Pill swallowing resources

  • NHS England. KidzMed.

  • NHS England. KidzMed.

  • KidzMed Project: teaching children to swallow tablets.

  • RCPCH Learning. Podcast: pill swallowing in children.

  • Royal Children’s Hospital Melbourne. Teaching children how to swallow tablets and capsules. .

  • Johns Hopkins All Children’s Hospital. Teaching children how to swallow a pill—on call for all kids.

  • OHSU School of Medicine. Instructional video on swallowing pills.

  • Michigan CS Mott Children’s Hospital. How to take a pill: teaching kids how to take medication.

  • Alberta Children’s Hospital. Better than a spoonful of sugar - How to swallow pills: one complete training session.

  • McMaster Children’s Hospital, Calgary. Help your child learn to swallow pills.

Education into practice

  • How often do you ask your patients if they are able to swallow pills?

  • What resources and advice do you offer patients and families on learning how to swallow pills?

  • In what circumstances can electronic prescribing systems help (eg, automatic use of pills for older patients and prescribing courses of liquids in multiples of whole bottles to reduce wastage)?

Acknowledgments

We acknowledge Lisa Clark, our pharmacy technician and top pill swallowing trainer.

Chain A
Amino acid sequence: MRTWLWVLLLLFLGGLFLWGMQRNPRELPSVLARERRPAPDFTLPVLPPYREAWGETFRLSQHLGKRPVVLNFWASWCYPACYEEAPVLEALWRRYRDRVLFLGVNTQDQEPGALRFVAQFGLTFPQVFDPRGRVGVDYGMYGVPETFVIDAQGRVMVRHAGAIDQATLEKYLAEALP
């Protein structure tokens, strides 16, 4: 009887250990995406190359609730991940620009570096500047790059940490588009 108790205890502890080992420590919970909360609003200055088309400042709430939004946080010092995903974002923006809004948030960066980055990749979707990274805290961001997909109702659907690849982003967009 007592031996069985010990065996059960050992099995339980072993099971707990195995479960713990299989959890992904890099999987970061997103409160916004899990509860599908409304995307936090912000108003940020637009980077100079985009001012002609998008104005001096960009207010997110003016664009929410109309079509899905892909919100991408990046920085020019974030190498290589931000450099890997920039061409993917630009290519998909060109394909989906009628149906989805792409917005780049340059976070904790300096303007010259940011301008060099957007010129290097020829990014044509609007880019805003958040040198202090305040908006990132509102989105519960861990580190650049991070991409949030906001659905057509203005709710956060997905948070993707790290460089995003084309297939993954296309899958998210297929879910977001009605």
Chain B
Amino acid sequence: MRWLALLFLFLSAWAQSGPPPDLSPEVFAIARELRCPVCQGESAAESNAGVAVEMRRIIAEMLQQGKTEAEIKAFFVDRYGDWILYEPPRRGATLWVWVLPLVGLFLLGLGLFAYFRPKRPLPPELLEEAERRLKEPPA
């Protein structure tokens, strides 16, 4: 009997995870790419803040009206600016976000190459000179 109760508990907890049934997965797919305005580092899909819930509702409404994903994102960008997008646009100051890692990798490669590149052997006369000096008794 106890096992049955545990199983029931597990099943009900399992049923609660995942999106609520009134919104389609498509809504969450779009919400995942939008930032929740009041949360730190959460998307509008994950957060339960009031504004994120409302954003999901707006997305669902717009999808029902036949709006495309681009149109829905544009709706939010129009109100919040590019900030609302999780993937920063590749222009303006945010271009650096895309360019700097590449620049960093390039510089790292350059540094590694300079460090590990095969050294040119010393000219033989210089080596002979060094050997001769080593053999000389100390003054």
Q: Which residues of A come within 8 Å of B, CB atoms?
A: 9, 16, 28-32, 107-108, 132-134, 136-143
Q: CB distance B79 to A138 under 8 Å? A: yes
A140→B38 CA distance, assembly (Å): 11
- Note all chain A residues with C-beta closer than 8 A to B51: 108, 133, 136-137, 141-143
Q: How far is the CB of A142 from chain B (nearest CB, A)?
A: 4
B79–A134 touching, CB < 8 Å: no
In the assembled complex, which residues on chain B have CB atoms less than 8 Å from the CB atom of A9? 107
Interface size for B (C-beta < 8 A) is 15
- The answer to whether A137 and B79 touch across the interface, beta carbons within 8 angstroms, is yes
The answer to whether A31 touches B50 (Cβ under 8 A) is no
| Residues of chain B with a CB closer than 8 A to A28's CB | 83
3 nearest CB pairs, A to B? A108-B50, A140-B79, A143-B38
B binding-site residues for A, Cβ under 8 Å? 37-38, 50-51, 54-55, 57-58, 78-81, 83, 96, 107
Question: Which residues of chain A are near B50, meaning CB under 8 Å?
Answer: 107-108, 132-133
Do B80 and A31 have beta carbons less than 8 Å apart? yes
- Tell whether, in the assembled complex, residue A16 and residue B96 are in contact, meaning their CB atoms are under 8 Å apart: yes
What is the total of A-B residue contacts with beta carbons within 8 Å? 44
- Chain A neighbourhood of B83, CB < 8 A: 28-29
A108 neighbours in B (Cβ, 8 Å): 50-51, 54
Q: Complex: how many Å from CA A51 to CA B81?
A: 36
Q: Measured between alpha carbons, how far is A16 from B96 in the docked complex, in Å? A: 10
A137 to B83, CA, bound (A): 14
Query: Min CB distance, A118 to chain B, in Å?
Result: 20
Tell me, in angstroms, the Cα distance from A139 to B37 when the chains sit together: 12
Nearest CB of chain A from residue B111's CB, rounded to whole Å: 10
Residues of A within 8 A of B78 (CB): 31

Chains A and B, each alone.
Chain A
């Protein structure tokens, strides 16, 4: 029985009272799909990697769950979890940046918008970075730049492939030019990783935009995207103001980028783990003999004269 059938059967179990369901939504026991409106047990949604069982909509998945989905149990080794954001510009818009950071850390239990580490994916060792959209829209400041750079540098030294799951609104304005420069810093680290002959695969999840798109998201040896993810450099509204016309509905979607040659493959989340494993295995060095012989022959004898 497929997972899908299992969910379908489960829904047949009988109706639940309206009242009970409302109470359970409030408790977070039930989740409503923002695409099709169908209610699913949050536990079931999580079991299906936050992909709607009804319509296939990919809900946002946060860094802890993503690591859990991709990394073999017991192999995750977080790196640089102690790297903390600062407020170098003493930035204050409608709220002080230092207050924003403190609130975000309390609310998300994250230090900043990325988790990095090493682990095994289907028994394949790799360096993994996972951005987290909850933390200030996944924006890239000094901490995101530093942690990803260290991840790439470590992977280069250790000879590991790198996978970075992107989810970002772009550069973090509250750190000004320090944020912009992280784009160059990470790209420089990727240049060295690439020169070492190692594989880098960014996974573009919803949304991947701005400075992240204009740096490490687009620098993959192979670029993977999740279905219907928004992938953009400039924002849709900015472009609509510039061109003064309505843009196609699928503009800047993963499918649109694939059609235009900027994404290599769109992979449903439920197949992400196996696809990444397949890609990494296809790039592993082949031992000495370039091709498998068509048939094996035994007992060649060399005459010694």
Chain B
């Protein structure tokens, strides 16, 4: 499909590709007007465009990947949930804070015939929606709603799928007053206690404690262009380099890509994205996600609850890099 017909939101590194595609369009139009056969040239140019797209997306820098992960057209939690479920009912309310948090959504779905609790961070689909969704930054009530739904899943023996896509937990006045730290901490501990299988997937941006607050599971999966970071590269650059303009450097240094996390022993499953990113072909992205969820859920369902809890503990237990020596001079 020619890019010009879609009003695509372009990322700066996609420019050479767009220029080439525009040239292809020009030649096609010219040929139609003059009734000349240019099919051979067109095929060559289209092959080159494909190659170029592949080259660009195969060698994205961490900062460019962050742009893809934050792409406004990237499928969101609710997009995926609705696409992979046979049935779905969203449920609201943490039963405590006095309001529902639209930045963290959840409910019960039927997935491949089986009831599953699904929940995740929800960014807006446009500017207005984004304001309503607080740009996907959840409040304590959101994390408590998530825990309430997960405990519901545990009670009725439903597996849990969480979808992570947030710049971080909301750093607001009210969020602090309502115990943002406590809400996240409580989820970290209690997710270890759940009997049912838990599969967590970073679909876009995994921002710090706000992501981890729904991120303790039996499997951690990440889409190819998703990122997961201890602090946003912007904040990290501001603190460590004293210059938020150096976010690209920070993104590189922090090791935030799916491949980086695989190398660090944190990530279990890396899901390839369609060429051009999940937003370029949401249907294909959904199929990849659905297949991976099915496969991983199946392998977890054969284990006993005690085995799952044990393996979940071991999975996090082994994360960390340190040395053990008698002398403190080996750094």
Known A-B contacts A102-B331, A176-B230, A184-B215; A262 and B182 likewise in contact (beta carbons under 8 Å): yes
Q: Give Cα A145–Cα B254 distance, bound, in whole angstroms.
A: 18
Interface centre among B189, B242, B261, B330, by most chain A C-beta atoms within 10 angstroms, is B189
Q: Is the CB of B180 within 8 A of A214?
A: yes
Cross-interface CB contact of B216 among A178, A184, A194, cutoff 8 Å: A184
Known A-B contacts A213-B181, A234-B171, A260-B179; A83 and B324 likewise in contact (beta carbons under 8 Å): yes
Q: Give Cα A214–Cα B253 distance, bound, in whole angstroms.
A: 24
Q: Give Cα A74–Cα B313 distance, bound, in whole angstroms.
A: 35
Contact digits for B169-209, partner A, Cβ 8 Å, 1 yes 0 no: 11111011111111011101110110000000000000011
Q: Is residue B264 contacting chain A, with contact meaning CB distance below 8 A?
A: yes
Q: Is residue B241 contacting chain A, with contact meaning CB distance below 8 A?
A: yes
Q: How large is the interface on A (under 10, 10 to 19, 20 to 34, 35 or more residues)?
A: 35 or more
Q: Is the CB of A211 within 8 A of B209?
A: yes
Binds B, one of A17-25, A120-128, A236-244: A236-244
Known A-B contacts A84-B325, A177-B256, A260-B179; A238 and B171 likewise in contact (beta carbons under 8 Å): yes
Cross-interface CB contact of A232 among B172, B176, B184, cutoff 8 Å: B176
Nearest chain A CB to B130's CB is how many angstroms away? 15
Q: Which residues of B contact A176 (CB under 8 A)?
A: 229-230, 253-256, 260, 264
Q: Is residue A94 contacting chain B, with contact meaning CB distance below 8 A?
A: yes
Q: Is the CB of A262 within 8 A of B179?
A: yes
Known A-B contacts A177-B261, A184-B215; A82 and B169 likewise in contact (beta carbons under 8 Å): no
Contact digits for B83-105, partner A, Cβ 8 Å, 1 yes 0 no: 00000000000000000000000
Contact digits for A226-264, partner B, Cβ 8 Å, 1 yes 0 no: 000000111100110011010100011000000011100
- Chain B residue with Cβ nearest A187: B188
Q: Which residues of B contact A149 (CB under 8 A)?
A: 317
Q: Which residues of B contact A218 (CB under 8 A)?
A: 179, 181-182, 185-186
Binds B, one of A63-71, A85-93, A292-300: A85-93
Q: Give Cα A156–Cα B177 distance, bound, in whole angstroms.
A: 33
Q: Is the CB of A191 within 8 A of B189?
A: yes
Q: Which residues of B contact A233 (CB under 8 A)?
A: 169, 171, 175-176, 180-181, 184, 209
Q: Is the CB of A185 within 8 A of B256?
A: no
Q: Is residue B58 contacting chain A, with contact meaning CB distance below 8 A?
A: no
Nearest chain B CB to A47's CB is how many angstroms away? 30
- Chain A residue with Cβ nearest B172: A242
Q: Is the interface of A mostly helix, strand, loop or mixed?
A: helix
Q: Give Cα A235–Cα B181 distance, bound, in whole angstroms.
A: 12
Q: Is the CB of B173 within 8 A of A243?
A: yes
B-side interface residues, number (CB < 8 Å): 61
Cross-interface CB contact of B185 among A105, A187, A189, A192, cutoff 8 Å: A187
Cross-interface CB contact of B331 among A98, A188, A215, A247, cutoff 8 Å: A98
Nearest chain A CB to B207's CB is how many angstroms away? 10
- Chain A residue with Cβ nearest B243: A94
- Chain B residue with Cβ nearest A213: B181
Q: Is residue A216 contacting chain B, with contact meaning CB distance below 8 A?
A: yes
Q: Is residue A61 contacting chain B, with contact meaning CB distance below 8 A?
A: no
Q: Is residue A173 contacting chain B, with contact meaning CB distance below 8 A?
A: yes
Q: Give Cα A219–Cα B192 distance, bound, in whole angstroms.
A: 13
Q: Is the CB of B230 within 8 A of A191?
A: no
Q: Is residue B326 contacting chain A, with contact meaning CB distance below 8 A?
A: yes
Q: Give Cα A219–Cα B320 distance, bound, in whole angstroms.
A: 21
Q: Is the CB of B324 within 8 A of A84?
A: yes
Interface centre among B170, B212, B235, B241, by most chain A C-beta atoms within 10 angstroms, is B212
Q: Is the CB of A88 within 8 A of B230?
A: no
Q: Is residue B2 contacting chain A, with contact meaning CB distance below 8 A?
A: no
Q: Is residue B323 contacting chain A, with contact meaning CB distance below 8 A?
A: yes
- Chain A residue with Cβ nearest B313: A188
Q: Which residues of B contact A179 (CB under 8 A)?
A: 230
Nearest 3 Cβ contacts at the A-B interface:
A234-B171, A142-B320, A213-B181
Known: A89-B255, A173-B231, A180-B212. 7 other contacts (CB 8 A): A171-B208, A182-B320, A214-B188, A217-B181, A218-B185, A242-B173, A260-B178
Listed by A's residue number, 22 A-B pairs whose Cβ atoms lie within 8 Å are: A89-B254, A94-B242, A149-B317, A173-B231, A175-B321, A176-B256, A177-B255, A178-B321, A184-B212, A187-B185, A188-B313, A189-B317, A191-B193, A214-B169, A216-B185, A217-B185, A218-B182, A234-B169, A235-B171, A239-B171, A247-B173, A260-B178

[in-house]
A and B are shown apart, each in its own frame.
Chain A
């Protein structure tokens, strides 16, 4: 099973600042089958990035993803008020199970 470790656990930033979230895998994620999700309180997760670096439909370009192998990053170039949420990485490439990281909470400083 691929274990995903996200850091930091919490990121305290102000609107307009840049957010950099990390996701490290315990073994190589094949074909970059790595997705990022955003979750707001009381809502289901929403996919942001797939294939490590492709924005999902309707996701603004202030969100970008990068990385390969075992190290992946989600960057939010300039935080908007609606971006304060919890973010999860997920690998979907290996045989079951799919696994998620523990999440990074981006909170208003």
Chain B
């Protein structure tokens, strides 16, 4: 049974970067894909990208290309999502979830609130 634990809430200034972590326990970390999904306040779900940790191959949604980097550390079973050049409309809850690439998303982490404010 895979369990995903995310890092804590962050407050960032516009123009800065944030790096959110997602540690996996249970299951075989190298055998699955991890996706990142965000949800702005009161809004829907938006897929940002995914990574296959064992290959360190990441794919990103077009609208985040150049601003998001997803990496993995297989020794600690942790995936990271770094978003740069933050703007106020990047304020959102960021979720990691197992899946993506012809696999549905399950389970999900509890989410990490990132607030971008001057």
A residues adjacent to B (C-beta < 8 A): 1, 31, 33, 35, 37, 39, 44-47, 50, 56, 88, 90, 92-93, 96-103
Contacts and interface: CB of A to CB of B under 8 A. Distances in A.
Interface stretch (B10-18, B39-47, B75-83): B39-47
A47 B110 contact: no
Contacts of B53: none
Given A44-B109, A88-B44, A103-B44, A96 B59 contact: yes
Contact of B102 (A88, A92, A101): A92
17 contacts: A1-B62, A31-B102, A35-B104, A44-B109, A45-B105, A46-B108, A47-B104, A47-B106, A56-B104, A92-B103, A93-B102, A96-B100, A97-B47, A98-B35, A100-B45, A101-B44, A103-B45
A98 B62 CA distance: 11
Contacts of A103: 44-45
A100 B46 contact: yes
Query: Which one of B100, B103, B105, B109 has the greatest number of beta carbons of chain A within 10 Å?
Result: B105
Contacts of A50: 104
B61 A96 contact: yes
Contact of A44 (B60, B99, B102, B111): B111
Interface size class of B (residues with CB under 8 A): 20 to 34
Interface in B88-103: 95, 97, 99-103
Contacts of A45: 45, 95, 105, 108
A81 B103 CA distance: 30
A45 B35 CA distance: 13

We are always indebted to the parents, children, young persons, and office colleagues who have worked alongside us, including the Young Person’s Advisory Group Northeast (YPAG-NE), the Youth Collective, Jo Ball, their facilitator, and Daniel Ahmad in particular for inspiring us. We have worked in co-production with the YPAG-NE, a group of young people aged 12-18 who undertook a session of KidzMed pill training and helped us develop our resources.

Footnotes

  • This article is part of a series that offers practical actions clinicians can take to support reaching net zero. Browse all the articles at . To pitch your idea for an article go to

  • Contributorship and the guarantor: EL and NV conceived and designed, collected, and analysed data from the original KidzMed work alongside Yincent Tse and Ailsa Pickering. EL is guarantor.

  • EP has designed, collected, and analysed work on Ecokidzmed looking at the carbon footprint of prescribing pills versus liquids. We hope to publish this research soon.

  • All authors wrote and reviewed the article.

  • Alice McCloskey analysed data on teaching and disseminating KidzMed and on the problems adults have swallowing pills.

  • Competing interests: The 51app has judged that there are no disqualifying financial ties to commercial companies. The authors declare the following other interests: EL and NV are authors and principal members of the KidzMed team, publishing and developing the e-learning for health module.

  • Patient involvement: Patients were not directly involved in the creation of this article.

  • Provenance and peer review: Commissioned and externally peer-reviewed

References